Lord Palmerston swept into Season 3 as the charming, button-pushing Foreign Secretary who has often proved as a thorn in the royals’ sides. But what about the man behind the character that wormed his way into viewers’ hearts? Check out the list below and get to know Laurence Fox, the actor bringing Palmerston to life this season on Victoria.
Mystery solved! Yes, you’ve seen him on MASTERPIECE before.
Fox is, quite possibly, most recognizable from his nearly ten-year run as James Hathaway on the Inspector Morse spin-off, Inspector Lewis. Fox played the Detective Sergeant (and, later, Detective Inspector) sidekick to Kevin Whately’s Detective Inspector Robert Lewis. (The final season of Inspector Lewis is available on PBS Passport.)
When it comes to which character he himself is more like, well, he admitted to MASTERPIECE: “My school teachers would probably tell you that I was probably a bit Palmerstonian as well. I’m probably more like Palmerston than I am like Hathaway, if you know what I mean.”
He also starred in the 2007 MASTERPIECE film A Room With A View with Elaine Cassidy, Rafe Spall and Downton Abbey’s Elizabeth McGovern.
He’s practically acting royalty.
It’s no secret where Fox’s charms and on-screen talents come from! He was born into a multi-generational acting family dynasty, spanning three generations (and counting). It began with his grandparents, Robin Fox and Angela Worthington, and branched down to their own children. Laurence’s father, James, starred alongside Julie Andrews, Mary Tyler Moore and Carol Channing in the 1967 classic Thoroughly Modern Millie, and has spent nearly six decades working in the industry. His uncle Edward Fox has been working just as long, with roles in A Bridge Too Far, Gandhi, and more.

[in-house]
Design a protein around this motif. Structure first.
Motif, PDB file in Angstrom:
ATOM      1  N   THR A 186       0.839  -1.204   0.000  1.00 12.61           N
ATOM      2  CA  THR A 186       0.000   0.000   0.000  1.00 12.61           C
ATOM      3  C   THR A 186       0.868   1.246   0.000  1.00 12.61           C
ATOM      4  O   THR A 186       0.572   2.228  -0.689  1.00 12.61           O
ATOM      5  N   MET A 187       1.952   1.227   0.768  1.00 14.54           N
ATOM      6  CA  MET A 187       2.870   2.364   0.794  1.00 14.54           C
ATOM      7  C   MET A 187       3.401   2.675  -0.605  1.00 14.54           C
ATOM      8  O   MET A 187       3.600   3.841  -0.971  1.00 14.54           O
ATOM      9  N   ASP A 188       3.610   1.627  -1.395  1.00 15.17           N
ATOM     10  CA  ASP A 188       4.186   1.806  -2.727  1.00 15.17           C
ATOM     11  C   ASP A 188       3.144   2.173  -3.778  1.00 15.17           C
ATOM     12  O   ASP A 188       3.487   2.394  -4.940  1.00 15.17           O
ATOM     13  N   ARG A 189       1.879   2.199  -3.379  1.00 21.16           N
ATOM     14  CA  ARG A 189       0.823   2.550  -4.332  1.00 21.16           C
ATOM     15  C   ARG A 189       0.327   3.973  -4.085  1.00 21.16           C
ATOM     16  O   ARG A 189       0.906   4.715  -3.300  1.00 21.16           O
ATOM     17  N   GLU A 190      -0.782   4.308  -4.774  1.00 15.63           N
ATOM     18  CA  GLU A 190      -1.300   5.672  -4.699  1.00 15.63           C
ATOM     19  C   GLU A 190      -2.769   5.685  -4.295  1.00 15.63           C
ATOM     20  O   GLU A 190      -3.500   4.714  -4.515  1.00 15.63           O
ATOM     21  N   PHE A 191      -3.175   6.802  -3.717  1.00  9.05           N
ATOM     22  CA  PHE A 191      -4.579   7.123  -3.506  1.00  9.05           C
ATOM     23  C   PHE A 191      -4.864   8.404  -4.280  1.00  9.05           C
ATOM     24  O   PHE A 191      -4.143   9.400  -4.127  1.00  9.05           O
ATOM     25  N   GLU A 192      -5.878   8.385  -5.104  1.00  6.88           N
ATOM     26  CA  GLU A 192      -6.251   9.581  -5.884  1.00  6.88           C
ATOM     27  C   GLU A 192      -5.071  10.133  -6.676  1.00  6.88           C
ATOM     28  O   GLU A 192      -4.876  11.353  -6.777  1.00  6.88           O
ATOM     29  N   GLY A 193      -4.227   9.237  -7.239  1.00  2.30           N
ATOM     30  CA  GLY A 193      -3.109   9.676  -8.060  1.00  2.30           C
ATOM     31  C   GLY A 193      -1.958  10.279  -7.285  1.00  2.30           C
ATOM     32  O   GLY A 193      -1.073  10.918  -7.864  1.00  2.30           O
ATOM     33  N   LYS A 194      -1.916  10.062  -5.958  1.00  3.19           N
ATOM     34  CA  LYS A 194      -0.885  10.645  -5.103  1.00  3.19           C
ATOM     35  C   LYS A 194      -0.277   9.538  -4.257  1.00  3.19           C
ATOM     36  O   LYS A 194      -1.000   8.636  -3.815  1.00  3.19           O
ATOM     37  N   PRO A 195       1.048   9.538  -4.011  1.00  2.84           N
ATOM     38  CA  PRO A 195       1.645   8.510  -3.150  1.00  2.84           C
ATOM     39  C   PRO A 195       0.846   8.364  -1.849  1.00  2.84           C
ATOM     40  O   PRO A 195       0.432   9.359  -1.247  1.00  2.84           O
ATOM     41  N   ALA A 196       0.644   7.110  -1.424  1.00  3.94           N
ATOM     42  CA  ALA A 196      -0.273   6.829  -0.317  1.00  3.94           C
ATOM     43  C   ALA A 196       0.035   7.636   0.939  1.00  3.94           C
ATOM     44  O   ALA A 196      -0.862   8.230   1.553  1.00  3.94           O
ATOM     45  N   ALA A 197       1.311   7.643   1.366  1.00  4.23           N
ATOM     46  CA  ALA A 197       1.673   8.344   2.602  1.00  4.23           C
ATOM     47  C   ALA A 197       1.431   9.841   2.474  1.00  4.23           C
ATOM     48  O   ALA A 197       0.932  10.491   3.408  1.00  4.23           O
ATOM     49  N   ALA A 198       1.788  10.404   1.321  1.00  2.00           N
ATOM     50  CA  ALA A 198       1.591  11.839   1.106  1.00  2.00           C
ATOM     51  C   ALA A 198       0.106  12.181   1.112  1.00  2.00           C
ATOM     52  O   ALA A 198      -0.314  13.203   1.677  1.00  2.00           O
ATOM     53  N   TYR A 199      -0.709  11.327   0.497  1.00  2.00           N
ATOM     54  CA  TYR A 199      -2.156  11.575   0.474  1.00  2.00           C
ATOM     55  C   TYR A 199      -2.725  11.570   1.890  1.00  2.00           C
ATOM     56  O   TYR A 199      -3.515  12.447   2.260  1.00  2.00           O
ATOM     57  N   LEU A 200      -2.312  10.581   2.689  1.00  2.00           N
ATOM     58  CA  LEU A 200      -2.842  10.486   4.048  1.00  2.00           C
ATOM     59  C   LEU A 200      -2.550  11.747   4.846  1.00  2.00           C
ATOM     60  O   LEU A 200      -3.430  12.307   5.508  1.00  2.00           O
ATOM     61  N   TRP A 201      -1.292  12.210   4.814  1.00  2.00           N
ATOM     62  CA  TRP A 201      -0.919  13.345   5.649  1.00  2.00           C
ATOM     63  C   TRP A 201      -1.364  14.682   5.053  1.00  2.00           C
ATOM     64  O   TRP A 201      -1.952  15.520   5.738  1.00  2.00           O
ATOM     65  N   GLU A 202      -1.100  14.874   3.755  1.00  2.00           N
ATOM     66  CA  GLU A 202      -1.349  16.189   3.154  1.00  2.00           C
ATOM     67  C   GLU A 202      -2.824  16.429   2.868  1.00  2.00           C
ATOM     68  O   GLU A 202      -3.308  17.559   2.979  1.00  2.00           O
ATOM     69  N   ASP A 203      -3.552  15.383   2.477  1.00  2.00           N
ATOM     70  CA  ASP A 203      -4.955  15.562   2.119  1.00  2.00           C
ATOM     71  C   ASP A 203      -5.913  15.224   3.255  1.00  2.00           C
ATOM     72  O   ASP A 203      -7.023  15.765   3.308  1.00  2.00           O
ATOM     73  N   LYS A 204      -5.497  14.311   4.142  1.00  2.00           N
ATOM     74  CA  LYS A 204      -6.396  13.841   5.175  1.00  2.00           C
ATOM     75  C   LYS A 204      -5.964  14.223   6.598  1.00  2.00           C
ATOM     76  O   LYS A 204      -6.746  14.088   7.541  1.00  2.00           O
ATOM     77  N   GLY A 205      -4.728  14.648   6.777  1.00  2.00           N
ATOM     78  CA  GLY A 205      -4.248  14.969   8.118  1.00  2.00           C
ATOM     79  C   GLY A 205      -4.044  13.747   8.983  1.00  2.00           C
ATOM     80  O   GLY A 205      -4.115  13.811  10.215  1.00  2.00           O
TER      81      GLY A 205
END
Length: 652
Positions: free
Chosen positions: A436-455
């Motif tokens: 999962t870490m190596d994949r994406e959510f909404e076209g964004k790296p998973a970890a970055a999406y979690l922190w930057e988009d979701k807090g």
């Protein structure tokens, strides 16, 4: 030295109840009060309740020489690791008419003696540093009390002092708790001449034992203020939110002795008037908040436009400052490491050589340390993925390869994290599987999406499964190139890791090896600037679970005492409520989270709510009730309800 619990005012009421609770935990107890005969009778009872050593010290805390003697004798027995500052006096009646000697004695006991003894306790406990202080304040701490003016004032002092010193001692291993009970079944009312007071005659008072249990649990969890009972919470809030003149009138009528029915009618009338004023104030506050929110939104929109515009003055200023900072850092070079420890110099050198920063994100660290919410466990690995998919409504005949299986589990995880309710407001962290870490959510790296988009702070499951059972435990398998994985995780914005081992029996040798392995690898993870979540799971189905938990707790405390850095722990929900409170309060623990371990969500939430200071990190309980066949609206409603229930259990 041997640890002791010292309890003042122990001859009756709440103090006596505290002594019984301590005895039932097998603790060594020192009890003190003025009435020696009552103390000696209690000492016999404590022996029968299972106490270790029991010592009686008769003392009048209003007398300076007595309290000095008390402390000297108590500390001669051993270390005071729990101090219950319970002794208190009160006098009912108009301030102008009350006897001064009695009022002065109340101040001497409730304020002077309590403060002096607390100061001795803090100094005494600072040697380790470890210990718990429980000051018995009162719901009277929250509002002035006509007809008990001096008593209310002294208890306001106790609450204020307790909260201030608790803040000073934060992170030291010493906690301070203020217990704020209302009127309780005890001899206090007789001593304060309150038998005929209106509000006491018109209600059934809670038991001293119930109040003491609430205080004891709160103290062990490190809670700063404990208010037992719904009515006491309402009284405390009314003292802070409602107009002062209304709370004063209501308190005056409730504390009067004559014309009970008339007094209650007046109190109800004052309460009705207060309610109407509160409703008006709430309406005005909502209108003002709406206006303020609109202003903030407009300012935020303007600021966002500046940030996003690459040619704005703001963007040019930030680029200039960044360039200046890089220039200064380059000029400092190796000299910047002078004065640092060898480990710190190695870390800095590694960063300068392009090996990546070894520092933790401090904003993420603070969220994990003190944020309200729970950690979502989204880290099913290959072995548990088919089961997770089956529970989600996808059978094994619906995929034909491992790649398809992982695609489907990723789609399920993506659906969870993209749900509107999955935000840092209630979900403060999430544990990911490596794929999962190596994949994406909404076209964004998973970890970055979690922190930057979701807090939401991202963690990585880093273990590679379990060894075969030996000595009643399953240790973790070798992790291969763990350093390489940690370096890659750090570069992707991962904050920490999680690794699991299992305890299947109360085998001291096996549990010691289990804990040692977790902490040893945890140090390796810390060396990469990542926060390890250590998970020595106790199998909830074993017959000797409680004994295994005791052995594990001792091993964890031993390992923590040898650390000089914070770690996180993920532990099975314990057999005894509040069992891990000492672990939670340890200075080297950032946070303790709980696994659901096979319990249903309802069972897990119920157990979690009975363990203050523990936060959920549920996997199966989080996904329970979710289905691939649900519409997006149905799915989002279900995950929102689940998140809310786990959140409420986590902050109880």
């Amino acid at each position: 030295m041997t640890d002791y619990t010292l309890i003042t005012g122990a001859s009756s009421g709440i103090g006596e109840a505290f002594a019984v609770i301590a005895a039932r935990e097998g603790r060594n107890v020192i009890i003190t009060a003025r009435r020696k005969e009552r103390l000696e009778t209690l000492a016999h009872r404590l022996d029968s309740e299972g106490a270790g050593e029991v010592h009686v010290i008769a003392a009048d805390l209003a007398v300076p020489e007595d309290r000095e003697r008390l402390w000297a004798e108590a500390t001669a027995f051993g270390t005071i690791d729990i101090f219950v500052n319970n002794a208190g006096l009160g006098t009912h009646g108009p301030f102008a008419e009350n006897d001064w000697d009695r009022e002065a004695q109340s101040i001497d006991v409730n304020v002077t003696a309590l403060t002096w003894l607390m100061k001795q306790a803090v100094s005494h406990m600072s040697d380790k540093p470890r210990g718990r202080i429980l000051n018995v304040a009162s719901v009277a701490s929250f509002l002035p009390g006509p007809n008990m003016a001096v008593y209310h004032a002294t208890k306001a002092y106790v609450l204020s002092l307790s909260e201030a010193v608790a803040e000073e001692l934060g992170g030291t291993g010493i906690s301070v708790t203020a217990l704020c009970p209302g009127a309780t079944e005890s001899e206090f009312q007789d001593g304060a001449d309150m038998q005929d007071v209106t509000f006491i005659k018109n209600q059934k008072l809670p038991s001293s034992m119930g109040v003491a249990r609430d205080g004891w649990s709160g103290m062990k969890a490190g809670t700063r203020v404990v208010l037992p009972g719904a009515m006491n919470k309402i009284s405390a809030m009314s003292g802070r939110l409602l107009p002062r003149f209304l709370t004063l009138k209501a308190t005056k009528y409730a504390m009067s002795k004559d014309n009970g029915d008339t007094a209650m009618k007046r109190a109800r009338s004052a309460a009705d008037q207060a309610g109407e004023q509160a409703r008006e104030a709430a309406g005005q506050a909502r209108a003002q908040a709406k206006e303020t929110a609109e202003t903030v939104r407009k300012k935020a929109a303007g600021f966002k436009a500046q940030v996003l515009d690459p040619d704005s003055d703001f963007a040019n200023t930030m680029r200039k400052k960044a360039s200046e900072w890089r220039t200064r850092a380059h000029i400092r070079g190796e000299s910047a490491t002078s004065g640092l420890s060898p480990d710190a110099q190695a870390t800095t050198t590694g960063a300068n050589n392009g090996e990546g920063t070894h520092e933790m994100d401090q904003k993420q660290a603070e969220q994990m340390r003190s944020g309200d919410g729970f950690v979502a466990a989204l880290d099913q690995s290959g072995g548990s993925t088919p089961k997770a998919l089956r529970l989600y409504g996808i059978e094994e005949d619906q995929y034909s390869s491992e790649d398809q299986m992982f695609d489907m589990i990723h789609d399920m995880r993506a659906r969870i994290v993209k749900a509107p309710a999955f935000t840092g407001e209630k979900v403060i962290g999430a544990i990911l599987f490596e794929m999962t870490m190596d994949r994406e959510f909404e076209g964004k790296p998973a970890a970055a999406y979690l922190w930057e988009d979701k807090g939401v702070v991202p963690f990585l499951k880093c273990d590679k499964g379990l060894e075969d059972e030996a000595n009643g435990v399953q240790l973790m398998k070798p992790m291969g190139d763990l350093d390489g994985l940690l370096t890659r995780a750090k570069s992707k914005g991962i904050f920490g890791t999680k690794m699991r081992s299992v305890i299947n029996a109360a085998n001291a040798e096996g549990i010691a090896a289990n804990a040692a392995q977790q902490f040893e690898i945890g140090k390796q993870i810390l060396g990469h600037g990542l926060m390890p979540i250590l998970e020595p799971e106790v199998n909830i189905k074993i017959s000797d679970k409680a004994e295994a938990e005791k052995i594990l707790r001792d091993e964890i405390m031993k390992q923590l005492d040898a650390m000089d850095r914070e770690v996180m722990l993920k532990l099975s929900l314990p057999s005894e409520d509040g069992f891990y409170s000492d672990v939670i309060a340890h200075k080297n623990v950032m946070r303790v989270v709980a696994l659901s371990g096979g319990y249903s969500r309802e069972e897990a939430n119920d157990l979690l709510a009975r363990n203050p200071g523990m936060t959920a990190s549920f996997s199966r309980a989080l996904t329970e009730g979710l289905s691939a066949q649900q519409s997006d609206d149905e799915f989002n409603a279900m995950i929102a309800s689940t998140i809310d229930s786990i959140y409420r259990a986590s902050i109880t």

Laurence, his siblings and cousins eventually joined in on the fun. Laurence’s younger brother Jack was just cast in Sanditon, MASTERPIECE’s adaptation of Jane Austen’s incomplete final work. Their sister Lydia has worked on a number of films, such as Submarine and The Double. Cousins Emilia and Freddie Fox have appeared in major hits as well, like The Pianist (Emilia) and Watership Down (Freddie, alongside Academy Award winner and Les Misérables star Olivia Colman).
The Fox family actors certainly aren’t strangers to playing royal roles, either. Before Laurence’s time on Victoria, he played Prince Charles in Whatever Love Means (2005) and King George VI (“Bertie,” the grandson of Prince Albert!) in W.E. (2011). Laurence’s father James Fox played King George V in the very same film.
Cousin Emilia Fox played Queen Elizabeth II in The Queen (2009), and his uncle Edward Fox played King Edward VIII (the Duke of Windsor) in Edward & Mrs. Simpson (1978).
His biggest role to date is Dad.
His sons, Winston and Eugene, even joined him on the Victoria set during the summer months, watching their Dad in action both on-screen and behind-the-scenes. According to Fox, though, they’re used to it by now.
“My oldest son doesn’t care so much about acting,” he told MASTERPIECE in an exclusive interview. “My youngest son, the lovely sound department gave him a set of earphones and stuck him in front of the monitor and I got him to give me marks out of 10 for my performance with a thumbs up, or a thumbs down, or a thumbs in the middle. And I got a couple of thumbs up, but mostly it was thumbs in the middle. “Can do better, Dad.” He sat there for four or five hours, watching me acting, and really paying attention. He’s just curious in that way. My oldest son was upstairs, looking around the library, because we were in some interesting locations. So, he was more interested in the history, as it was, rather than us pretending.”
Not only is Fox a seasoned, professionally trained actor – he’s a bonafide musician, as well. Fox released his EP Sorry for My Words in 2013 and his debut album Holding Patterns in 2016. Since then, he’s released new singles on his personal SoundCloud channel, getting fans excited for his next upcoming album.
He attended the prestigious Royal Academy of Dramatic Art.
Fox graduated from the famed drama school in 2001 (the same year that he appeared in the Academy Award-winning film Gosford Park, written by Downton Abbey creator Julian Fellowes), adding his name to a lengthy list of star studded alumni that includes Alan Rickman, Ralph Fiennes, Anthony Hopkins, Vivien Leigh, Peter O’Toole, Richard Attenborough and Albert Finney, to name a few.